UC Biology students work with rūnanga to improve biodiversity
26 May 2023
Through a new, long-term partnership, students are putting their course work into practice, working with Wairewa Rūnanga to regenerate Te Kaio farm.
Third-year Te Whare Wānanga o Waitaha | University of Canterbury (UC) Biology students have been working with Wairewa Rūnanga to gather baseline data about the biodiversity on Te Kaio farm (450ha) near Te Kaio Bay (Tumbledown Bay) on Te Pātaka o Rākaihautū (Banks Peninsula).
The trip to Te Kaio was hosted by Ana Gray (Kāti Irakehu, Ngāi Tahu), a member of the Wairewa Rūnanga Executive, with Rūnanga members Iaean Cranwell, Robin Wybrow, and Tim McIntosh, who shared stories about the history of the farm and surrounding land with the students. They were also joined by ranger Alison Evans from the Christchurch City Council, who manages the neighbouring Te Oka Reserve, and Colin Meurk, a botanist and UC Adjunct Fellow who has pioneered re-vegetation projects in the region and worked with the Rūnanga for many years.
“The land, previously covered in native trees, was cleared for farmland and timber in the mid-1800s, and the farm was gifted back to the Rūnanga by former owner Jim Wright. As a result, Te Kaio is in the very early stages of regeneration, but we need data to get a clearer idea of the types of birds and vegetation that’s already here to plan for future work, which is what the Biology students are helping with,” Gray says.
One of the data-gathering tasks was conducting five-minute bird counts across the farm, logging which birds the students could see or hear, and if they were closer than 25 metres, or further away. The students found New Zealand pipit (pihoihoi), swamp harrier (kāhu) and grey warblers (riroriro).
The other task was vegetation monitoring, working in small groups in 10-by-10 metre plots, estimating the percentage of canopy cover of all trees and shrubs. This simple data gives insight into general trends that can be used as a baseline for future research.
The students also conducted data analysis and statistical analyses to record the number and diversity of species. This was done by using graphs to put data in a visual, audience-friendly format that can be updated as new data comes in.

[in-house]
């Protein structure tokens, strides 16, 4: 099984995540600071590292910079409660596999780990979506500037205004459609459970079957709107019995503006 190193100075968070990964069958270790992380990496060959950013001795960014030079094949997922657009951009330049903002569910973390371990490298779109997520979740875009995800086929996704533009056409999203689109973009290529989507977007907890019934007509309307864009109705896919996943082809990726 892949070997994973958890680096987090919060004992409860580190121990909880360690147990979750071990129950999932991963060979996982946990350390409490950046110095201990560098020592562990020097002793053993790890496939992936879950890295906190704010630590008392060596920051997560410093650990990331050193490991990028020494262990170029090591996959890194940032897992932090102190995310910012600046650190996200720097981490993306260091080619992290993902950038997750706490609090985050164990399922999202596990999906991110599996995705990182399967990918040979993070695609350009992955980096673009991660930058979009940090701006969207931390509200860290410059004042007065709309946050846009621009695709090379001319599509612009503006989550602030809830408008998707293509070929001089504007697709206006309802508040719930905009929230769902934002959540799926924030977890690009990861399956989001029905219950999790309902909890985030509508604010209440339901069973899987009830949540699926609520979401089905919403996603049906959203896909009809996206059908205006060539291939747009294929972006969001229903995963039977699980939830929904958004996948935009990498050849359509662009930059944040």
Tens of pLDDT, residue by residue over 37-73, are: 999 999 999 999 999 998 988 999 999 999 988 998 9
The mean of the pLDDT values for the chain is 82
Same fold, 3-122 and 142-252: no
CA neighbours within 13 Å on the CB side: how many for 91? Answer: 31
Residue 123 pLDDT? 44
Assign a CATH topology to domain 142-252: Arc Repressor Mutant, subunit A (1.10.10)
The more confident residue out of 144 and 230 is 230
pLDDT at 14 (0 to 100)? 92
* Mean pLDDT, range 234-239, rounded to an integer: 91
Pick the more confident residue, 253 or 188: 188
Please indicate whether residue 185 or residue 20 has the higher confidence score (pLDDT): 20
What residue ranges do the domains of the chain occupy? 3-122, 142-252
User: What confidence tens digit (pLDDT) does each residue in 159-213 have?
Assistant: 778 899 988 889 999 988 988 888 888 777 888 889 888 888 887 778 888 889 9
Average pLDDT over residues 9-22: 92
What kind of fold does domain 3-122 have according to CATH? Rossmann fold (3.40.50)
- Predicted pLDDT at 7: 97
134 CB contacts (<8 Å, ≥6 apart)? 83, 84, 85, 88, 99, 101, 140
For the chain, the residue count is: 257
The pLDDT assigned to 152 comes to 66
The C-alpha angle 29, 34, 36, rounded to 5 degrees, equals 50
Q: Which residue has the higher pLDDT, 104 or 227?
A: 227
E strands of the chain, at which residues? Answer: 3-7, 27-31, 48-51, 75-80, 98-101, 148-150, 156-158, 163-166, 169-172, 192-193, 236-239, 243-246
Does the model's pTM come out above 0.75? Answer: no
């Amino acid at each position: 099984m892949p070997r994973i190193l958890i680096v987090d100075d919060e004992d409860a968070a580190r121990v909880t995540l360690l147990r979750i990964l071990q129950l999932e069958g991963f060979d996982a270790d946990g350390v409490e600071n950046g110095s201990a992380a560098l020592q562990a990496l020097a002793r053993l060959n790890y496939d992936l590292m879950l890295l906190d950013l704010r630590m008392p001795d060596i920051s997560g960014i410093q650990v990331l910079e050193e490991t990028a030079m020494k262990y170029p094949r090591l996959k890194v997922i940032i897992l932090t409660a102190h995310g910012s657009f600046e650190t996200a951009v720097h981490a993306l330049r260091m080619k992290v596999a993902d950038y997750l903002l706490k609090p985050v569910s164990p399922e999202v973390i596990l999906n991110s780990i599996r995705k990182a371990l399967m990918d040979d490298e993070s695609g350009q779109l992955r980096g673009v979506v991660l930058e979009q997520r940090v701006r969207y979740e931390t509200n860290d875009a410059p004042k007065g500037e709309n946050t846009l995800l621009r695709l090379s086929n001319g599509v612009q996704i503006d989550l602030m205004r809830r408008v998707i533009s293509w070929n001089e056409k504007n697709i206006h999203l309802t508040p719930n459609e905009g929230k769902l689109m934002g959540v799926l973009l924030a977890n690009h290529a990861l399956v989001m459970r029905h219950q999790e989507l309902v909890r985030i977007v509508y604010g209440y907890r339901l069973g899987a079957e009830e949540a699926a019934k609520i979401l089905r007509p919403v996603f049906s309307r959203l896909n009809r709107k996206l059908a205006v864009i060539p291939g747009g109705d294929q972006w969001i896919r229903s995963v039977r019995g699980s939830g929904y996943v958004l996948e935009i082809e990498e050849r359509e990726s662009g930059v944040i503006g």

Dr Sara Kross, Senior Lecturer, Biological Sciences, who co-lectures the Biol378 – Population Ecology and Conservation course, accompanied the students on the trip. “This learning experience was exciting and deeply meaningful to us. It was a chance to practice our biodiversity monitoring and analysis skills in a way that we hope will be helpful to Wairewa Rūnanga and the recloaking project at Te Kaio,” she says.
Third-year student Jude Van Houtte found the cultural aspect of the experience meaningful too. “The best thing about the trip was working with Rūnanga on their land in a much more culturally-appropriate way – we had a powhiri, sung a waiata, members of the Rūnanga talked about the history of Te Kaio and also what they wanted to see in the future for biodiversity and regeneration. Most wanted to know about bird abundance, like where they are residing and how strong the populations are,” Van Houtte says.
Gray says that “my aspiration for these trips with the Biology students is to set a pathway forward for future partnership between UC and the Rūnanga, in understanding the changing shape of Te Kaio, and initially generating some baseline data for biodiversity monitoring and the replanting project.
“But it was also to get students thinking about ways of engaging Rūnanga members in making observations of Te Taiao (the natural world). For example, what tools could be useful for our members to use and make our own?” Gray says.
One of the ideas students put forward to the Rūnanga was about long-term data sets to track species recovery over time as the restoration of the whenua progresses. Rūnanga members, students and UC staff are discussing additional monitoring tools and projects that might be used in the future, such as bioacoustics and predator trapping.
Rūnanga members also asked students for additional assistance, for example, in investigating erosion happening at the beach or evaluating soil health.
“I see this work being centred on making sure the Rūnanga’s values and what they want done with the land in terms of conservation and regeneration; it’s about addressing their needs first and foremost and we can bring our science lens and our knowledge to facilitate this,” Van Houtte says.
Biology students are currently analysing bird and vegetation data from Te Kaio and will produce reports on the potential outcomes that may be expected from the recloaking/restoration efforts on biodiversity.
There are already plans for next year’s Biology class to carry on species data gathering and to examine data on predator trapping and its effectiveness.
As the partnership between Biology students and Rūnanga continues, it could open up opportunities for postgraduate students to develop co-designed projects based on Te Kaio in the future.
- Email: email@example.com Ph: (03) 369 3631 or 027 503 0168
What to read next:
How much screen time is too much in early childhood?
Higher levels of screen time in early childhood have been linked to poorer developmental outcomes for Kiwi kids.
Earthquakes can change the course of rivers – with devastating results
On The Conversation UC PhD student Erin McEwan discusses her new research to determine how floods and earthquakes can occur at the same time.